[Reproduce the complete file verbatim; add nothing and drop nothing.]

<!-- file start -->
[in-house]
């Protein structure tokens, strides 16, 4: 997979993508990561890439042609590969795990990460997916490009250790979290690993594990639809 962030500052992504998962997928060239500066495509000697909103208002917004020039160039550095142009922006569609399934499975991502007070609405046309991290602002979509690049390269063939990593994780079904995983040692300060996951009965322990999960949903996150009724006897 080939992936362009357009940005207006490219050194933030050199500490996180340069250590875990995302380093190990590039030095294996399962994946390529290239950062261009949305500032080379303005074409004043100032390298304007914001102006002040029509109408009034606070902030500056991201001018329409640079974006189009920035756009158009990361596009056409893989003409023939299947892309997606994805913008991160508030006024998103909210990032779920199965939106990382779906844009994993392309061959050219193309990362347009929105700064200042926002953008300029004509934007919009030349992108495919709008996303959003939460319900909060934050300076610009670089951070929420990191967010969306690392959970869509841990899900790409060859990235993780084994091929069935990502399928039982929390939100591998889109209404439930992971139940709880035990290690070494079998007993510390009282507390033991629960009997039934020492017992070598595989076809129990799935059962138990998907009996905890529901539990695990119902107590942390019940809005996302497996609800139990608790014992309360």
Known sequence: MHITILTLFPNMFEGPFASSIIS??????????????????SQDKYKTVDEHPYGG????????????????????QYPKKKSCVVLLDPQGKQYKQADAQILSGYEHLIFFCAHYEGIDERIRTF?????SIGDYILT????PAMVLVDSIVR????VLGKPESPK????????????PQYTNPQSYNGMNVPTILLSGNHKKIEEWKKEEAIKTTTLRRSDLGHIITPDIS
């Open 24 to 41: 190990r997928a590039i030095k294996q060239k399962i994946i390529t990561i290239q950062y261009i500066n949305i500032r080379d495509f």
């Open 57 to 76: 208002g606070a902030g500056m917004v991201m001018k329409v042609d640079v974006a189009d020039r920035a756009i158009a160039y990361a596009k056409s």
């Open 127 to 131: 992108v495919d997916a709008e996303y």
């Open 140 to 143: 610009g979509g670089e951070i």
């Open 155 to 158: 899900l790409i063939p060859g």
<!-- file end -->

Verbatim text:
[in-house]
């Protein structure tokens, strides 16, 4: 997979993508990561890439042609590969795990990460997916490009250790979290690993594990639809 962030500052992504998962997928060239500066495509000697909103208002917004020039160039550095142009922006569609399934499975991502007070609405046309991290602002979509690049390269063939990593994780079904995983040692300060996951009965322990999960949903996150009724006897 080939992936362009357009940005207006490219050194933030050199500490996180340069250590875990995302380093190990590039030095294996399962994946390529290239950062261009949305500032080379303005074409004043100032390298304007914001102006002040029509109408009034606070902030500056991201001018329409640079974006189009920035756009158009990361596009056409893989003409023939299947892309997606994805913008991160508030006024998103909210990032779920199965939106990382779906844009994993392309061959050219193309990362347009929105700064200042926002953008300029004509934007919009030349992108495919709008996303959003939460319900909060934050300076610009670089951070929420990191967010969306690392959970869509841990899900790409060859990235993780084994091929069935990502399928039982929390939100591998889109209404439930992971139940709880035990290690070494079998007993510390009282507390033991629960009997039934020492017992070598595989076809129990799935059962138990998907009996905890529901539990695990119902107590942390019940809005996302497996609800139990608790014992309360």
Known sequence: MHITILTLFPNMFEGPFASSIIS??????????????????SQDKYKTVDEHPYGG????????????????????QYPKKKSCVVLLDPQGKQYKQADAQILSGYEHLIFFCAHYEGIDERIRTF?????SIGDYILT????PAMVLVDSIVR????VLGKPESPK????????????PQYTNPQSYNGMNVPTILLSGNHKKIEEWKKEEAIKTTTLRRSDLGHIITPDIS
């Open 24 to 41: 190990r997928a590039i030095k294996q060239k399962i994946i390529t990561i290239q950062y261009i500066n949305i500032r080379d495509f």
């Open 57 to 76: 208002g606070a902030g500056m917004v991201m001018k329409v042609d640079v974006a189009d020039r920035a756009i158009a160039y990361a596009k056409s």
């Open 127 to 131: 992108v495919d997916a709008e996303y």
């Open 140 to 143: 610009g979509g670089e951070i």
């Open 155 to 158: 899900l790409i063939p060859g």